The Repository Pattern Explained

By Mike on 22 February 2012

Update: This is a much better, less technical explanation.

Made popular by Domain Driven Design, the Repository pattern is one of my favourite design patterns, which I use almost everywhere. What can I say? I like clear separation between the database access and the rest of the application and this is the purpose of the Repository pattern.

Separation of concerns is something you want in every real-life application and one of the most often met culprits when dealing with bad code is the happy mingleling of the database access  all over the place. Of course, this is also encouraged by the database centric approach which still dominates the developers mindset and you need stronger discipline in order to keep the database access isolated.

In DDD, you start with the domain while the database access , in fact the persistence details, is ironed out at a later time. This means you are free to ignore anything persistence related, but  that doesn't mean that there is no persistence. However the persistence is viewed as a collection of objects where domain object are sent to die... sorry to be persisted and to be retrieved from. Note that the important thing is to consider the repository a collection and not to actually implement a collection (for example .net has an ICollection interface, this has nothing to do with a repository). This approach isn't something specific only to DDD, it can be used in any application as it is a design pattern after all.

In a nutshell, the Repository pattern means abstracting the persistence layer, masking it as a collection. This way the application doesn't care about databases and other persistence details, it only deals with the abstraction (which usually is coded as an interface). The Repository also acts as a facade, simplifying the use of the persistence layer. The application just calls the methods of a repository in order to store or retrieve objects.

Even if you don't do DDD, the objects you send or get from the repositories are the business/domain objects and NOT database related objects. This means that the repository implementation has knowledge of the business objects and knows how to recreate them.

Using the Repository pattern doesn't mean there is only one repository in an application. There can be as many as needed, usually a repository deals with a specific context. For example, an application can have an OrdersRepository, an UsersRepository and an AdminRepository. It is good practice to code against an abstraction, so that's why you'll find many examples dealing with defining a repository interface and not a class. Working against an interface makes it easy to have multiple implementations which helps a lot with testing or changing implementation details.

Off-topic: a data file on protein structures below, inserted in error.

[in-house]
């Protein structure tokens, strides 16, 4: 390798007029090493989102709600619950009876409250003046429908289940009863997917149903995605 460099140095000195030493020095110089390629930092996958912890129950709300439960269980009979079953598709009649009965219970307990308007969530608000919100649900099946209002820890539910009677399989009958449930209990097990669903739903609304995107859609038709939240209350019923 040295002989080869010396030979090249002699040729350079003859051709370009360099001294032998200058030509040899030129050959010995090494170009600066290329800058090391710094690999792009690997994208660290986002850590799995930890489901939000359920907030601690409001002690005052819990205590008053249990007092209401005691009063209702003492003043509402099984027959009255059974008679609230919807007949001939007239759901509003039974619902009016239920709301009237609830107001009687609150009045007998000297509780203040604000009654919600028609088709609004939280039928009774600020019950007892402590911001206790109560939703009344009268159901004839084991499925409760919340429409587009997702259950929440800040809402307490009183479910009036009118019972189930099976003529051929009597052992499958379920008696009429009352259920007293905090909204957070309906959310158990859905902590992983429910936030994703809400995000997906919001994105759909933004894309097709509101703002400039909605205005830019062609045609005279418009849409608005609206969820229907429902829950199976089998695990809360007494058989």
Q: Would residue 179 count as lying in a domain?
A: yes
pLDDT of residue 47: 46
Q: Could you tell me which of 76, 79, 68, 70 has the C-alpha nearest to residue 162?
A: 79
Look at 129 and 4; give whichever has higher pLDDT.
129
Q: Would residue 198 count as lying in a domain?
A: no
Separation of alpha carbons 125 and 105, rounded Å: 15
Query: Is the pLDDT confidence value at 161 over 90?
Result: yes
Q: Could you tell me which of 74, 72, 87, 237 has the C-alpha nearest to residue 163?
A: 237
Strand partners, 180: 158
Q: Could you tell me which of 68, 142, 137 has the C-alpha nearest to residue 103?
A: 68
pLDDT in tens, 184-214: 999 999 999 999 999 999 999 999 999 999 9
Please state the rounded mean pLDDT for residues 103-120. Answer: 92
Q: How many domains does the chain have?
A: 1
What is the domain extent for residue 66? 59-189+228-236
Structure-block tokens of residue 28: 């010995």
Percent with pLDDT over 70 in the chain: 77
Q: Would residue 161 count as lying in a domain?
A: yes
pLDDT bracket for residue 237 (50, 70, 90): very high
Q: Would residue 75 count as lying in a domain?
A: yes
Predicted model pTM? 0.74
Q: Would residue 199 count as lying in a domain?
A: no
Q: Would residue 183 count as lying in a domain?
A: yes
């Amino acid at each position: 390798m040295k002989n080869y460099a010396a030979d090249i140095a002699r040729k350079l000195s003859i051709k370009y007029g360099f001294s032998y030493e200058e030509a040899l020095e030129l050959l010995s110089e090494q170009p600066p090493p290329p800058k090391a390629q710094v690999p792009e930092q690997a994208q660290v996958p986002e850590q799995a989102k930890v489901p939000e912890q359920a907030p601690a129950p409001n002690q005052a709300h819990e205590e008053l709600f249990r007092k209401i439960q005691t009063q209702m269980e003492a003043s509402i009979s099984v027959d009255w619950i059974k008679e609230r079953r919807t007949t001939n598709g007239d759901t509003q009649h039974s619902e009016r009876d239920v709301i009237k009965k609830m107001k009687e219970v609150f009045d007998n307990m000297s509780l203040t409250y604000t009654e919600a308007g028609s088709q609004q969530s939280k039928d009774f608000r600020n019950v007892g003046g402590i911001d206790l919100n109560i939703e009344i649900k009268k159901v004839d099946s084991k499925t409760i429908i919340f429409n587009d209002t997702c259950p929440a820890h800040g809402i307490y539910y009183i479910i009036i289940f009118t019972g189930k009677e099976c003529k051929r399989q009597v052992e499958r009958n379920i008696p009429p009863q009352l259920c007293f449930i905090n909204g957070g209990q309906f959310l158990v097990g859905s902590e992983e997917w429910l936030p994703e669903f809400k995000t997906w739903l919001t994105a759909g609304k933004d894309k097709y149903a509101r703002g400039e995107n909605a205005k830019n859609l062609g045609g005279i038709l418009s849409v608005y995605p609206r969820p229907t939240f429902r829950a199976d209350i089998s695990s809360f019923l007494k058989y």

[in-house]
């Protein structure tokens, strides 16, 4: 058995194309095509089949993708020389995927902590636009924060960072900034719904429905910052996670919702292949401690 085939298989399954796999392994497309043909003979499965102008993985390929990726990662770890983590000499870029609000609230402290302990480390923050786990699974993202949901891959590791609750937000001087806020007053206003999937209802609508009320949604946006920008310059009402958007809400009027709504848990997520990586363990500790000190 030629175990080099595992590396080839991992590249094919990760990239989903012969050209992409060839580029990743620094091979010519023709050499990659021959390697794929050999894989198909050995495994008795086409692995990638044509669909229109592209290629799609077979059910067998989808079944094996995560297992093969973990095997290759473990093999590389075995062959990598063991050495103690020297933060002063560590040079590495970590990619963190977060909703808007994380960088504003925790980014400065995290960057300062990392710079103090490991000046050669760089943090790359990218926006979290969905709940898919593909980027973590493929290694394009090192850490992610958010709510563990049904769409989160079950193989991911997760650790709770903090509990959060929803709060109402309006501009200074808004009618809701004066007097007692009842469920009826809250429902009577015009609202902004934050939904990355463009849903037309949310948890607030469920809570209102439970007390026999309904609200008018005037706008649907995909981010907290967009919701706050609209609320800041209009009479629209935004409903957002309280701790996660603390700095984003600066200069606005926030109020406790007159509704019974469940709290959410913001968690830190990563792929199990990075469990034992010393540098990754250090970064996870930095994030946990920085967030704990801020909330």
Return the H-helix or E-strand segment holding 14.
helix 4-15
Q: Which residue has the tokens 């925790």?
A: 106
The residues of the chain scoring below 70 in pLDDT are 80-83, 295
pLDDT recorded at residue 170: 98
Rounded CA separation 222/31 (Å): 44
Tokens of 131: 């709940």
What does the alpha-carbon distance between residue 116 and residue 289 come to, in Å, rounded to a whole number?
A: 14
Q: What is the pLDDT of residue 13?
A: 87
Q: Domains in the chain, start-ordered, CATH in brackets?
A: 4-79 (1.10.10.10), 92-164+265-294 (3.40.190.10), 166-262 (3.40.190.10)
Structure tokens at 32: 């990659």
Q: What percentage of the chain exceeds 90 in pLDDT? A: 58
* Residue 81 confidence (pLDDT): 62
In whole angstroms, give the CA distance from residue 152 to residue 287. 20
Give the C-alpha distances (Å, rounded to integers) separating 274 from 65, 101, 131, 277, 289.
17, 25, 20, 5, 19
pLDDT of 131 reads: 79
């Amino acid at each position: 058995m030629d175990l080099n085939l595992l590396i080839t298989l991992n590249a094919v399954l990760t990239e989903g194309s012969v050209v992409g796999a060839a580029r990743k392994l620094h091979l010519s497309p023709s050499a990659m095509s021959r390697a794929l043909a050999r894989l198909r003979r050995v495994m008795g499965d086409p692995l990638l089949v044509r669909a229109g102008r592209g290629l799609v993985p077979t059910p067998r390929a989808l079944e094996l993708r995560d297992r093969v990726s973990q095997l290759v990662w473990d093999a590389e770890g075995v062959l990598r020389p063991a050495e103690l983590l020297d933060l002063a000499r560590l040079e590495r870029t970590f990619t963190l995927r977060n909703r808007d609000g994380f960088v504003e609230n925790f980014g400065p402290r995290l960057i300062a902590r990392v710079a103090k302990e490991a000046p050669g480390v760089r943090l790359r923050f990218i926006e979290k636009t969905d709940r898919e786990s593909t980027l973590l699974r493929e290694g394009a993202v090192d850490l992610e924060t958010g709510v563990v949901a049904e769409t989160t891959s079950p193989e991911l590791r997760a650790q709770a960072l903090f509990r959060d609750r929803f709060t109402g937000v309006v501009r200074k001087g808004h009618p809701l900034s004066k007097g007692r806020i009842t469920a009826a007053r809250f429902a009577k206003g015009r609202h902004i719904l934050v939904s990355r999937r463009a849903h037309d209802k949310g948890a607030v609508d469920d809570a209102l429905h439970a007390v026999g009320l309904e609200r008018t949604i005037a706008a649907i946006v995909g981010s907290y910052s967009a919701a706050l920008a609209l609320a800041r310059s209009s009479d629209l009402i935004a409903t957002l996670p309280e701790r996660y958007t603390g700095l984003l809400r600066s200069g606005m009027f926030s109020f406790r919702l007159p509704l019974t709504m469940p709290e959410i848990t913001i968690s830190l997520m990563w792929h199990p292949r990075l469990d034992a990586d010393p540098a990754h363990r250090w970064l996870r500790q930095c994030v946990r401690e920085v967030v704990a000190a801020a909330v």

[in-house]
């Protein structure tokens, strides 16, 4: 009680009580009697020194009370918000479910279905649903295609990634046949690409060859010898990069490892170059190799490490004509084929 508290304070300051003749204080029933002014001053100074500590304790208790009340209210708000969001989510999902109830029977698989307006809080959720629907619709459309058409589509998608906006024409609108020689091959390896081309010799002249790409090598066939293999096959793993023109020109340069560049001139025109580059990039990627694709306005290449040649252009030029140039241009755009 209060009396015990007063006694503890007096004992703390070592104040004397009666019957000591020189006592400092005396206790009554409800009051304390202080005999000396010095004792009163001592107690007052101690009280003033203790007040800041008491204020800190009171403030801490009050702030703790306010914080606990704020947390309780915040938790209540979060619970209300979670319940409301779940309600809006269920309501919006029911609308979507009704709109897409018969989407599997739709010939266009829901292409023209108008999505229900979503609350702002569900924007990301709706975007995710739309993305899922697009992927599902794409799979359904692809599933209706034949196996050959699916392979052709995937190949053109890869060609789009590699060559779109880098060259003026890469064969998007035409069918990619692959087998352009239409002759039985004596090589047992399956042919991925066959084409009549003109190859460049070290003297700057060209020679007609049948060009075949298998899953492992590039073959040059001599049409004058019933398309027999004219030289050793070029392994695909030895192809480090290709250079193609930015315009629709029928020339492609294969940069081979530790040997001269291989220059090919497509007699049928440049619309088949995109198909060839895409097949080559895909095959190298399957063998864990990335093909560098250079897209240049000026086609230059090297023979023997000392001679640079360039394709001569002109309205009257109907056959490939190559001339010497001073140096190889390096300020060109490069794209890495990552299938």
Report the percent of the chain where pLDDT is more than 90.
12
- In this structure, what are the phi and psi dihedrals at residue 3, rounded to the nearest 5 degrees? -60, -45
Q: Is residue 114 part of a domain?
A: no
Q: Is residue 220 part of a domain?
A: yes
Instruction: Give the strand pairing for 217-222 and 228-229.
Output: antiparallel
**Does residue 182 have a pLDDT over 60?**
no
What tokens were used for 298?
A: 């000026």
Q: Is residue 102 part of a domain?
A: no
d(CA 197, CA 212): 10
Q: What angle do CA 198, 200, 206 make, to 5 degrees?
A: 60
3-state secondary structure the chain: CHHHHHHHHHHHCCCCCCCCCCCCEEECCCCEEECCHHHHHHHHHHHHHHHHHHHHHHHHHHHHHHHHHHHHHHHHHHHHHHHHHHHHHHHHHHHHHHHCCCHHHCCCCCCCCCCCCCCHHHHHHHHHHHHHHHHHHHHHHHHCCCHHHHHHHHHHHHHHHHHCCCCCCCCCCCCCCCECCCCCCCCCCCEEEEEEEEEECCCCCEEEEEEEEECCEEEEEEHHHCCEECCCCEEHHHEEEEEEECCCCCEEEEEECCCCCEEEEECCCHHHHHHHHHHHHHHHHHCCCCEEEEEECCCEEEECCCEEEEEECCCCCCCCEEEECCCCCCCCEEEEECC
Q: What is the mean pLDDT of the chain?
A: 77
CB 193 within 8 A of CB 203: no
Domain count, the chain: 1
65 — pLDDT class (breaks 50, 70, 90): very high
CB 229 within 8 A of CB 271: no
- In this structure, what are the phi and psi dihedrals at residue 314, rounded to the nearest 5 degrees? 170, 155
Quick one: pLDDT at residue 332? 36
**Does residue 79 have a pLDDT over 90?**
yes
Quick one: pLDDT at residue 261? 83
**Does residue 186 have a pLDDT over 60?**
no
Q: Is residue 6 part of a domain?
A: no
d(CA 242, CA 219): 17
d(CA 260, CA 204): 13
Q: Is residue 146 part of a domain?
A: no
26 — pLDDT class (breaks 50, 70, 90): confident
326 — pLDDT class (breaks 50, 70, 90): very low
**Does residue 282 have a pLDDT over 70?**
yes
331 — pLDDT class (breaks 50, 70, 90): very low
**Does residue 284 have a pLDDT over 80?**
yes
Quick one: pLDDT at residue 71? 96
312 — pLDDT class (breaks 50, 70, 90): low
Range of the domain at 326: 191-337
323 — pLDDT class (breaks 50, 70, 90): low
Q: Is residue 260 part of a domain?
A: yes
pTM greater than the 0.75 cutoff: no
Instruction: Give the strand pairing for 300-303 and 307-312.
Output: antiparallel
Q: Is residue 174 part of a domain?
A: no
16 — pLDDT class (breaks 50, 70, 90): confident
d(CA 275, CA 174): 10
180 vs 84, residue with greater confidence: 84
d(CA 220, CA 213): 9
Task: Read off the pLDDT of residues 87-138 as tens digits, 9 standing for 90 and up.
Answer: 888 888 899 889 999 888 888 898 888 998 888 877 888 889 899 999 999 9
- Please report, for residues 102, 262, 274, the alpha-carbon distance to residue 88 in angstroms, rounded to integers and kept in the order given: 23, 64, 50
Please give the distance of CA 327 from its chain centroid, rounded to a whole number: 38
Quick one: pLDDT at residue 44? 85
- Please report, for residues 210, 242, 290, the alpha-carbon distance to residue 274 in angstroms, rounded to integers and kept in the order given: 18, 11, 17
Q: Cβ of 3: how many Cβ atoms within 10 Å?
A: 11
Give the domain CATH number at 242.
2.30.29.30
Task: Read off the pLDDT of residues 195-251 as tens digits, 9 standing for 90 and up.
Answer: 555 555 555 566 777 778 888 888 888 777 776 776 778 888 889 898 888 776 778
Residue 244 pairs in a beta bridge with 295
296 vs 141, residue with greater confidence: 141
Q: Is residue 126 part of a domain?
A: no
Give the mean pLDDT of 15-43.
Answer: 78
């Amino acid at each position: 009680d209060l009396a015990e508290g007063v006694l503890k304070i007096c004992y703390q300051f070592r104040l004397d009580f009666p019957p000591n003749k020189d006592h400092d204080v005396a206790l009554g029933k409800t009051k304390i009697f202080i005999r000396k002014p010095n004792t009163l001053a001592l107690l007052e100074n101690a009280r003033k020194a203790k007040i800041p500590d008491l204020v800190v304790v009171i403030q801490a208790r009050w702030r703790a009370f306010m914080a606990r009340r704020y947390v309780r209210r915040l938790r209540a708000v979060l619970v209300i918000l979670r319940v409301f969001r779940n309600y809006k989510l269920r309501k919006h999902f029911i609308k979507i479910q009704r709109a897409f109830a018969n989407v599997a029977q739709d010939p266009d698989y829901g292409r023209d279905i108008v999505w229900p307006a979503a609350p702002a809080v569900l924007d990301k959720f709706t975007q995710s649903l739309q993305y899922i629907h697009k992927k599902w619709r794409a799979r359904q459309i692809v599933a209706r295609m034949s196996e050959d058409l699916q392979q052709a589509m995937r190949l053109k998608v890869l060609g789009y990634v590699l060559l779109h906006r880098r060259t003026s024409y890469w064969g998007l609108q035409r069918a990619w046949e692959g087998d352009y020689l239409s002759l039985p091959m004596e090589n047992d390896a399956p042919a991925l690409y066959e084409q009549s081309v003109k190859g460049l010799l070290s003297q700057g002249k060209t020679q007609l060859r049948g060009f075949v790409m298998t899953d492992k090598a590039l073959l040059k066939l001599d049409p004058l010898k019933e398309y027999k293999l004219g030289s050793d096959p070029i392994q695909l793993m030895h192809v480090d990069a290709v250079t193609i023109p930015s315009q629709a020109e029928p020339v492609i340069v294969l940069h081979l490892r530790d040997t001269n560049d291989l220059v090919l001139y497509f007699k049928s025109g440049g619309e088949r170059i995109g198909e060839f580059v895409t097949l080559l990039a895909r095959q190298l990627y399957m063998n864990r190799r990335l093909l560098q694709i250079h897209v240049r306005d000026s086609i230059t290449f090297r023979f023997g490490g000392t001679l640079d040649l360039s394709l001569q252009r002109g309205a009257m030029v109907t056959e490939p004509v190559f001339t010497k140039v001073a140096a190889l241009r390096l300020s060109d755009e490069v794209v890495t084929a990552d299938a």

As an example, let's see how we can apply the pattern for a blog engine. When dealing with posts I can use this 

public interface IPostsRepository
    {
        void Save(Post mypost);
        Post Get(int id);
        PaginatedResult<Post> List(int skip,int pageSize);
        PaginatedResult<Post> SearchByTitle(string title,int skip,int pageSize);
    }

    Post is a domain type, it isn't related to a possible Post class that can be defined in the persistence layer if you're using an OR\M. Remember that the Repository talks with the application only using the types that the application knows about. Any class defined for OR\M usage is hidden in the persistence layer as it's simply an implementation detail.
   
    We see methods for saving a post or for retrieving a post. The Save method is smart enough to detect if it's a new post or a modified post. The PaginatedResult<Post>, is a C# generic type, meaning that the List and SearchByTitle methods return a list of Posts with pagination details.
   
    When testing I can mock or stub this interface, without needing to actually implement a real database access. The application will work only with the interface (which will be injected where is needed), without caring about how things will be actually persisted.
   
    There is no rule or format on how to define a repository. You define it according to what you need from it. But most of the time you'll need to Save or to Get objects in different ways.
   
 A word about using transactions with a repository. Since most of the time the Repository is used in a DDD context, I'll refer to this case.  When you need to execute different operations as a unit, there's where the Unit of Work pattern comes into play. And there are discussion if the UoW is part of the Repository of viceversa. However, in DDD ,the repository should save only Aggregate Roots which themselves are a consistent unit. This means you don't need explicit transaction handling, because saving an aggregate root implicitly means that everything belonging to it is persisted as a transaction.

Comments (8) -

Jack
Jack
11 January 2013 #

The repository pattern is an anti-pattern: http://www.youtube.com/watch?v=0tlMTJDKiug

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Admin
Admin
11 January 2013 #

Yeah... I'm tired of this (Ayende) stuff. Call it however you want, it's important to keep business layer and persistence layer separated. Also, I really like decoupled (maintainable) code.